Sunday, November 13, 2011

Week 9 - Stone Tools and Rainbows

Hello everybody!

We have just finished our first week of archaeology, and it's been quite an eventful week.

Above, fully skinned palm nuts. Below, my hammer and anvil
       We started off on Monday trying to reproduce "hammer and anvil" stone technology employed by modern day chimpanzees. Chimps commonly use rocks to break open hard nuts in the wild. We simulated this by gathering palm nuts from the area and peeling them using local stones. Some Turkana do this regularly and with similar methods, as the meat of the palm nuts are very sweet and high in calories (they smell sort of like nutri-grain bars). Whenever I want a snack I open a drawer in the pantry, but they have to spend about 10 minutes skinning the palm nuts with stones!
An acheulean handaxe
      Later in the week we learned how to identify and analyze stone tools, which is difficult! A trained archaeologist can tell where a rock was hit, which side was facing away from the center of the rock, and if the shard has been sharpened by additional removals. The oldest stone tools look very primitive, sort of like rocks with a few chips off of one end. It isn't until about 1.7 million years ago that we start seeing more elaborate shaping of tools, such as Acheulean "handaxes".
Aiyangiyeng before the storm
      On Thursday we took a group trip to a dried up lake bed called Aiyangiyeng. Our professor, Sonia Harmand instructed us to go and look for stone tools on the ground. After a few minutes of looking, it became apparent that literally every rock was a stone tool. It's used as a training ground for archaeology students, and so the tools haven't been collected by any researchers. We flagged every tool we could find until we used all of our 200 flags and had to stop. After that, we started mapping the area, but it began to pour and we bolted for the lorry, climbing in sopping wet and laughing.
I couldn't take any pictures because my hand was too wet to touch my camera, but here's a picture of a similar rain storm that hit the compound on Wednesday.

According to our professor, this has been the most rain that she's ever seen in this region, and she's worked here for 13 years!
Wes giving me his best caveman face and showing off his work
       As fun as the week has been, the most memorable day by far was yesterday. We started off the day knapping stone tools (or at least trying to). Stone knapping is much more difficult than it appears. I had a lot of practicing to do before I could even produce a simple flake. There's a popular image of ancestral humans as block headed cave men, but they must have been pretty clever to produce some of the elaborate artifacts we find associated with them. We knapped on a special mat so that our professor could collect our debris. To prevent students from creating "archaeological" sites, all debris from stone knapping activity is destroyed.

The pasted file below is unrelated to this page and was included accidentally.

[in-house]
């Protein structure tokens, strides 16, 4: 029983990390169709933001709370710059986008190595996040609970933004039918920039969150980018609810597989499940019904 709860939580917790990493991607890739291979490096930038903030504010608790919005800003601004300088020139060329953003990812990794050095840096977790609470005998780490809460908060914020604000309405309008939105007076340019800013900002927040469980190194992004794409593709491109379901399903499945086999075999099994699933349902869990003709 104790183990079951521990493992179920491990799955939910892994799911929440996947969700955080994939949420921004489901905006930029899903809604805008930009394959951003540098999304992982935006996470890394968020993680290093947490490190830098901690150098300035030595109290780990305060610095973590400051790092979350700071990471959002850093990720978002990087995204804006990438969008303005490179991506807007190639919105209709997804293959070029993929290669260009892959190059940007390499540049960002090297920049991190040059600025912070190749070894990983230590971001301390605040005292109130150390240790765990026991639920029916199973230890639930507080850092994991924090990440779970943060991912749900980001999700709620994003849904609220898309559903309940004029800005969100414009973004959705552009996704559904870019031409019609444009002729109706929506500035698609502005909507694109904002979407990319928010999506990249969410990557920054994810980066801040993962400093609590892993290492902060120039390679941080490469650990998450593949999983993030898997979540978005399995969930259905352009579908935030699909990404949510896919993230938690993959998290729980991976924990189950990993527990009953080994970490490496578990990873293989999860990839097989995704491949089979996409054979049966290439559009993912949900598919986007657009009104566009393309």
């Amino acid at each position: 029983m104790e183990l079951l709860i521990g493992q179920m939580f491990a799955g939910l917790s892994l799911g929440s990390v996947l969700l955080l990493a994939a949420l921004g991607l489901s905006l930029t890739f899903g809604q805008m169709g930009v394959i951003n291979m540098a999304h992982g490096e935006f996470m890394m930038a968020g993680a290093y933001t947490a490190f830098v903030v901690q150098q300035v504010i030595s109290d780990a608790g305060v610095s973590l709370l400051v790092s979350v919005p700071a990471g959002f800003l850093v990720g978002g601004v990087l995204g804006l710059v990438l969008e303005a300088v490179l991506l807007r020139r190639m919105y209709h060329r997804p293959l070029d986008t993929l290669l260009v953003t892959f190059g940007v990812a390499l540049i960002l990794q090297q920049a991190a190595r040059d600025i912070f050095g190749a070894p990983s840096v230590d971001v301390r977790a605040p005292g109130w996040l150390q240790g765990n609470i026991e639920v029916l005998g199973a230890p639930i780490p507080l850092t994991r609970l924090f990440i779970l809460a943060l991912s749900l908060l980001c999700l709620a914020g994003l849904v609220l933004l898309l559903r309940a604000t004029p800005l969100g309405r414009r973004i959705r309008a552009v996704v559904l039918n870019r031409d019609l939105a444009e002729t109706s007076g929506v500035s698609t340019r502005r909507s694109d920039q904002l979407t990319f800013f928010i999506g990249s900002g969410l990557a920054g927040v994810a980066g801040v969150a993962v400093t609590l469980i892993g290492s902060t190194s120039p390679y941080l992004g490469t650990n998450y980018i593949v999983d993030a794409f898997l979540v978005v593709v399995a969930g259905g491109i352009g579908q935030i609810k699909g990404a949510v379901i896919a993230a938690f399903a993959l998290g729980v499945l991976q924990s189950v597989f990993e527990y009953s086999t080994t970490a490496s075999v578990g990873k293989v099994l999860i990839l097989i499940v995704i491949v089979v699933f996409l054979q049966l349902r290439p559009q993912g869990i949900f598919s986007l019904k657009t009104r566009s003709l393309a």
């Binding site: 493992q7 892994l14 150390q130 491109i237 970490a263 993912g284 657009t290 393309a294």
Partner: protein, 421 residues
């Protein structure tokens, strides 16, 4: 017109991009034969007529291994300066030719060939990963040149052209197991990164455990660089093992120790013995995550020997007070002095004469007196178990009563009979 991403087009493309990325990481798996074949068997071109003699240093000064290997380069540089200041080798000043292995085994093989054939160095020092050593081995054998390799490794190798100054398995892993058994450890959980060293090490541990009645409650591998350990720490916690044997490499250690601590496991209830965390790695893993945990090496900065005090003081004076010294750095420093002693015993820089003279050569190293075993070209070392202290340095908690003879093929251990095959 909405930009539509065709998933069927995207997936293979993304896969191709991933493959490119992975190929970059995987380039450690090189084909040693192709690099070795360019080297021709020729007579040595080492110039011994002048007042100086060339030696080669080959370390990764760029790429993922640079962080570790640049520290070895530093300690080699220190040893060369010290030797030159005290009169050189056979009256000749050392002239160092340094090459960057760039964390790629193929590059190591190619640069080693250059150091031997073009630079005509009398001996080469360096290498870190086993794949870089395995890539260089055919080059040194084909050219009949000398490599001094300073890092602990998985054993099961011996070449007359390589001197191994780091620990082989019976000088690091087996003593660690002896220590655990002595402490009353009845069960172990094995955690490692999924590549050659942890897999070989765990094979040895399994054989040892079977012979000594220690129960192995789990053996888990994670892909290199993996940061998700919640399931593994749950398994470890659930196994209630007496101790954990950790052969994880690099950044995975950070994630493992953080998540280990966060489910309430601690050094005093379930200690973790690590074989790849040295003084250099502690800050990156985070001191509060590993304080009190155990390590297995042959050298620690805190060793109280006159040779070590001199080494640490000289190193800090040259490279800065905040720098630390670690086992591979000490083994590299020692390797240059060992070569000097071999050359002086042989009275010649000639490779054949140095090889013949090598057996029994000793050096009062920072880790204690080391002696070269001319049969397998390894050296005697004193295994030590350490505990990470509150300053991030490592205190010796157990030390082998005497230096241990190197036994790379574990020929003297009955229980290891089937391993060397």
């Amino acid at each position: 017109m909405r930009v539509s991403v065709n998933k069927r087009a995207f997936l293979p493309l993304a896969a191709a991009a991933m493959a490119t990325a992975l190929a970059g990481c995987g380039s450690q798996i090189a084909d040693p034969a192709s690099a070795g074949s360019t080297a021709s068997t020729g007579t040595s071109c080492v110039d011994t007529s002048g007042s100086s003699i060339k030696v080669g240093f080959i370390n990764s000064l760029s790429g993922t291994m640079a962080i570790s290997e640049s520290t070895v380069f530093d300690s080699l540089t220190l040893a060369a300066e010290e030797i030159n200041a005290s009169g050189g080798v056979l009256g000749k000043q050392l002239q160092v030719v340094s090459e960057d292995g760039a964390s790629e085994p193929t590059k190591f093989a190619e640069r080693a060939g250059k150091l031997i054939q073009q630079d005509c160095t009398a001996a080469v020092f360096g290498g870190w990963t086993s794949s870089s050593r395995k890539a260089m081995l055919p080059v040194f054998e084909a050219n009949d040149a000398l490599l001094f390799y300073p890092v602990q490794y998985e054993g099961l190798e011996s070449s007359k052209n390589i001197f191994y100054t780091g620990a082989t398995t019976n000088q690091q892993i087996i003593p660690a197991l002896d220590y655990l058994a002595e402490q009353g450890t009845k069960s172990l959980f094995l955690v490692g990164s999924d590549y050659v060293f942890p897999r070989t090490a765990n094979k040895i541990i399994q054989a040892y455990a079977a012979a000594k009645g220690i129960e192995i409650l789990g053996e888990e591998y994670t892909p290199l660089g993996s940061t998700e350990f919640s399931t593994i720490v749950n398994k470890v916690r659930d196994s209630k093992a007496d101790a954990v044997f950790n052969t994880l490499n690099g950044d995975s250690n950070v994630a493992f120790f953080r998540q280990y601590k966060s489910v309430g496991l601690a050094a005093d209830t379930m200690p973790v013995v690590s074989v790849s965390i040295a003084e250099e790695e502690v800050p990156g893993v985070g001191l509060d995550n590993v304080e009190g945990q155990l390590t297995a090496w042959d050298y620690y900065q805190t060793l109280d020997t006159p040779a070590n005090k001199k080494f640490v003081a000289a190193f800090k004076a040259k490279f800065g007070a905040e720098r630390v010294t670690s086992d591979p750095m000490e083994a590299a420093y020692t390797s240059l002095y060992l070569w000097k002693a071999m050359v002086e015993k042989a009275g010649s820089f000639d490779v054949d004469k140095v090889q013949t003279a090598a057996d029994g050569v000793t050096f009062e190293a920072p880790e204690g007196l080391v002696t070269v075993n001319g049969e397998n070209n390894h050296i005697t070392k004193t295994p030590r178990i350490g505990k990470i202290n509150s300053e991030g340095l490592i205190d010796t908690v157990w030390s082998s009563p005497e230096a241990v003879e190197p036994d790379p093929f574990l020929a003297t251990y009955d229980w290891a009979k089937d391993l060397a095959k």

After spending the day banging fingers and hitting rocks, we put our tools to the test. In an effort to recreate what early man must have gone through, we butchered a goat using the tools that we made. I'll spare you the gory details, but suffice to say that our tools worked! Although I must say the thought of having to do that to a carcass while surrounded by hungry hyenas on the African savanna is still not appealing to me.
       Of course, we ate the spoils that evening after barbecuing them. The goat was tasty, and especially so after all that we went through. Also, a fellow student, Wes, cooked homemade barbecue sauce for the meat. Delicious.
       But the day didn't end there. Last night we went to a traditional Turkana dance. They didn't have any instruments, so all of the music was singing and clapping. Unfortunately, it was too dark to photograph, but a fun time was had for all.

       Today, we went to see the witch doctor who owns most of the camels and donkeys in this area. He explained some of the finer points of the marriage ritual to us, and also offered thirty camels for an American girl! There weren't any takers.
His camels returning for the night
But my personal favorite for this week was the rainbow that we saw on Wednesday. We were told about it during lecture, and everyone immediately rushed outside to see. I've never seen any rainbow even close.

All in all, a pretty amazing week. This will be my last blog post from Kenya. Tomorrow, we're waking up extra early and taking a camping trip to Nariokotome. We're getting back on Wednesday and leaving TBI on Saturday morning. I'll tell you all about it when I get back.

1 comment:

  1. Wow. Your photo - the transformation to 'Post Africa' Roy is almost complete.

    Can't wait to hear your rendition of the dance music.

    Travel safe,